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Using an animated patient avatar to improve perception of vital sign information by anaesthesia professionals


Tscholl, David W; Handschin, L; Neubauer, P; Weiss, M; Seifert, Burkhardt; Spahn, Donat R; Noethiger, Christoph B (2018). Using an animated patient avatar to improve perception of vital sign information by anaesthesia professionals. British Journal of Anaesthesia, 121(3):662-671.

Abstract

BACKGROUND: Maintaining situation awareness of monitored patients can be challenging because care providers must continually read and integrate multiple waveforms and numerical vital sign values into a mental model of the patient's situation. We developed and evaluated a technology designed to improve perception of vital sign information by presenting patient status as an animated patient avatar.
METHODS: After step-wise improvement of the avatar, anaesthesia professionals from two hospitals participated in a comparative study of conventional monitoring. Participants observed identical monitoring scenarios via the two technologies for brief time intervals and afterwards recalled patient status.
RESULTS: Overall, 150 anaesthesia professionals participated in the validation process and 32 participated in the comparative study, completing 128 scenarios, which allowed for 64 direct comparisons. The avatar's inter-rater reliability was high, with Fleiss' kappa of 0.98 (95% confidence interval 0.96-0.99, P<0.001). With the avatar, participants recalled almost twice as many vital signs correctly as with conventional monitoring (9 vs 5, P<0.001). Perceived confidence was improved (2=certain vs 1=uncertain, P<0.001) and perceived workload lowered (task load index 60 vs 76, P<0.001). Participants obtained these results only after watching an educational video explaining the avatar and suggesting quick learnability and potential for real-life usability.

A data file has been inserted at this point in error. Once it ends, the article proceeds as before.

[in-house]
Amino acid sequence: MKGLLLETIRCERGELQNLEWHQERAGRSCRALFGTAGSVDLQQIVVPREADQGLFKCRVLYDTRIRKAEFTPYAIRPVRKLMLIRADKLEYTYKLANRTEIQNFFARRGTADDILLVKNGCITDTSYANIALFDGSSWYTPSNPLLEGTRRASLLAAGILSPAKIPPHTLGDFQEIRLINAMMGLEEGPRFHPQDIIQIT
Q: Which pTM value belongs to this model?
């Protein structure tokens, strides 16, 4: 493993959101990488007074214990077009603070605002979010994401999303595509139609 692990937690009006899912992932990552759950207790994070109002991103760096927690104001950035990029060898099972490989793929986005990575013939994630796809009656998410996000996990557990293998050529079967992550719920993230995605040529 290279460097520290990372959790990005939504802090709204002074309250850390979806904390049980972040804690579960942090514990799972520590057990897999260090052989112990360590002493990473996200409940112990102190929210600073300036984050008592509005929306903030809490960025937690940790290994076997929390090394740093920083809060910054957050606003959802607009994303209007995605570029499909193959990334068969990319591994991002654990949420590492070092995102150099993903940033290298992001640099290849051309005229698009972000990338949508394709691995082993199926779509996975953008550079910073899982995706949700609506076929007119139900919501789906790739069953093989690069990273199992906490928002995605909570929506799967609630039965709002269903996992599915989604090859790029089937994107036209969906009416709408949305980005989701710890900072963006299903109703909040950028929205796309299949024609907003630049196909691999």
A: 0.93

CONCLUSIONS: This study provides empirical evidence that an animated avatar offers the opportunity to transmit vital sign information significantly more quickly than conventional monitoring and with improved confidence and reduced cognitive effort. This could help care providers gain situation awareness more efficiently.

Abstract

BACKGROUND: Maintaining situation awareness of monitored patients can be challenging because care providers must continually read and integrate multiple waveforms and numerical vital sign values into a mental model of the patient's situation. We developed and evaluated a technology designed to improve perception of vital sign information by presenting patient status as an animated patient avatar.
METHODS: After step-wise improvement of the avatar, anaesthesia professionals from two hospitals participated in a comparative study of conventional monitoring. Participants observed identical monitoring scenarios via the two technologies for brief time intervals and afterwards recalled patient status.
RESULTS: Overall, 150 anaesthesia professionals participated in the validation process and 32 participated in the comparative study, completing 128 scenarios, which allowed for 64 direct comparisons. The avatar's inter-rater reliability was high, with Fleiss' kappa of 0.98 (95% confidence interval 0.96-0.99, P<0.001). With the avatar, participants recalled almost twice as many vital signs correctly as with conventional monitoring (9 vs 5, P<0.001). Perceived confidence was improved (2=certain vs 1=uncertain, P<0.001) and perceived workload lowered (task load index 60 vs 76, P<0.001). Participants obtained these results only after watching an educational video explaining the avatar and suggesting quick learnability and potential for real-life usability.
CONCLUSIONS: This study provides empirical evidence that an animated avatar offers the opportunity to transmit vital sign information significantly more quickly than conventional monitoring and with improved confidence and reduced cognitive effort. This could help care providers gain situation awareness more efficiently.

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Additional indexing

Item Type:Journal Article, refereed, original work
Communities & Collections:04 Faculty of Medicine > Epidemiology, Biostatistics and Prevention Institute (EBPI)
04 Faculty of Medicine > University Hospital Zurich > Institute of Anesthesiology
Dewey Decimal Classification:610 Medicine & health
Uncontrolled Keywords:Anesthesiology and Pain Medicine, computer-assisted; diagnosis; patient monitoring; situation awareness
Language:English
Date:2018
Deposited On:21 Aug 2018 16:59
Last Modified:21 Aug 2018 16:59
Publisher:Elsevier
ISSN:0007-0912
OA Status:Closed
Free access at:Publisher DOI. An embargo period may apply.
Publisher DOI:https://doi.org/10.1016/j.bja.2018.04.024
PubMed ID:30115265

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